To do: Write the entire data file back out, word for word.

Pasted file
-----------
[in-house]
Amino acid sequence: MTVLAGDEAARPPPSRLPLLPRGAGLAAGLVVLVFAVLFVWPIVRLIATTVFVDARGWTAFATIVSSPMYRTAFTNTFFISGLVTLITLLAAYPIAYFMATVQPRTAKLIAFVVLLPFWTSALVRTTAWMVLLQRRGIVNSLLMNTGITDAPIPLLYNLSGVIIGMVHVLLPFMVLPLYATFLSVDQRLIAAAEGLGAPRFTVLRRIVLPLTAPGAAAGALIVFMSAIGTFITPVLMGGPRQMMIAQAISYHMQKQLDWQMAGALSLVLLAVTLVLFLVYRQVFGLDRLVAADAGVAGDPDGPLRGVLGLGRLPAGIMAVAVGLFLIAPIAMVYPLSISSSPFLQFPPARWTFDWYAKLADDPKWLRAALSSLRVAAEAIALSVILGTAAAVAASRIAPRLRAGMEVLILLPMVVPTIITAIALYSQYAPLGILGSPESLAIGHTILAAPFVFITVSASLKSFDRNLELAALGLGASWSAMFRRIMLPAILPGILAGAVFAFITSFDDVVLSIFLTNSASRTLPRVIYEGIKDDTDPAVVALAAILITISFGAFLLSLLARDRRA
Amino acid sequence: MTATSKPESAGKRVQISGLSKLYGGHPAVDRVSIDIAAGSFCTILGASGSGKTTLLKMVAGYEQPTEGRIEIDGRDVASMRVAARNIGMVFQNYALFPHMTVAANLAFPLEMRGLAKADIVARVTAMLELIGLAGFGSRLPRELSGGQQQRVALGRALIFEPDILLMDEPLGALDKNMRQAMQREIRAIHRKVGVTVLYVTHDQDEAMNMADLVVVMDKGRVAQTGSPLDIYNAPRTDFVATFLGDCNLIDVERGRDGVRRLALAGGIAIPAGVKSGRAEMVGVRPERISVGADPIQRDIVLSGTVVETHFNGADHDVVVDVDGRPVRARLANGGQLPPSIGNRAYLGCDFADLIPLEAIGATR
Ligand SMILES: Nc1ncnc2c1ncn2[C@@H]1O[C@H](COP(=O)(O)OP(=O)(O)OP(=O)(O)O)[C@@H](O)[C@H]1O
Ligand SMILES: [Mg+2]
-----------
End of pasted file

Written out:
[in-house]
Amino acid sequence: MTVLAGDEAARPPPSRLPLLPRGAGLAAGLVVLVFAVLFVWPIVRLIATTVFVDARGWTAFATIVSSPMYRTAFTNTFFISGLVTLITLLAAYPIAYFMATVQPRTAKLIAFVVLLPFWTSALVRTTAWMVLLQRRGIVNSLLMNTGITDAPIPLLYNLSGVIIGMVHVLLPFMVLPLYATFLSVDQRLIAAAEGLGAPRFTVLRRIVLPLTAPGAAAGALIVFMSAIGTFITPVLMGGPRQMMIAQAISYHMQKQLDWQMAGALSLVLLAVTLVLFLVYRQVFGLDRLVAADAGVAGDPDGPLRGVLGLGRLPAGIMAVAVGLFLIAPIAMVYPLSISSSPFLQFPPARWTFDWYAKLADDPKWLRAALSSLRVAAEAIALSVILGTAAAVAASRIAPRLRAGMEVLILLPMVVPTIITAIALYSQYAPLGILGSPESLAIGHTILAAPFVFITVSASLKSFDRNLELAALGLGASWSAMFRRIMLPAILPGILAGAVFAFITSFDDVVLSIFLTNSASRTLPRVIYEGIKDDTDPAVVALAAILITISFGAFLLSLLARDRRA
Amino acid sequence: MTATSKPESAGKRVQISGLSKLYGGHPAVDRVSIDIAAGSFCTILGASGSGKTTLLKMVAGYEQPTEGRIEIDGRDVASMRVAARNIGMVFQNYALFPHMTVAANLAFPLEMRGLAKADIVARVTAMLELIGLAGFGSRLPRELSGGQQQRVALGRALIFEPDILLMDEPLGALDKNMRQAMQREIRAIHRKVGVTVLYVTHDQDEAMNMADLVVVMDKGRVAQTGSPLDIYNAPRTDFVATFLGDCNLIDVERGRDGVRRLALAGGIAIPAGVKSGRAEMVGVRPERISVGADPIQRDIVLSGTVVETHFNGADHDVVVDVDGRPVRARLANGGQLPPSIGNRAYLGCDFADLIPLEAIGATR
Ligand SMILES: Nc1ncnc2c1ncn2[C@@H]1O[C@H](COP(=O)(O)OP(=O)(O)OP(=O)(O)O)[C@@H](O)[C@H]1O
Ligand SMILES: [Mg+2]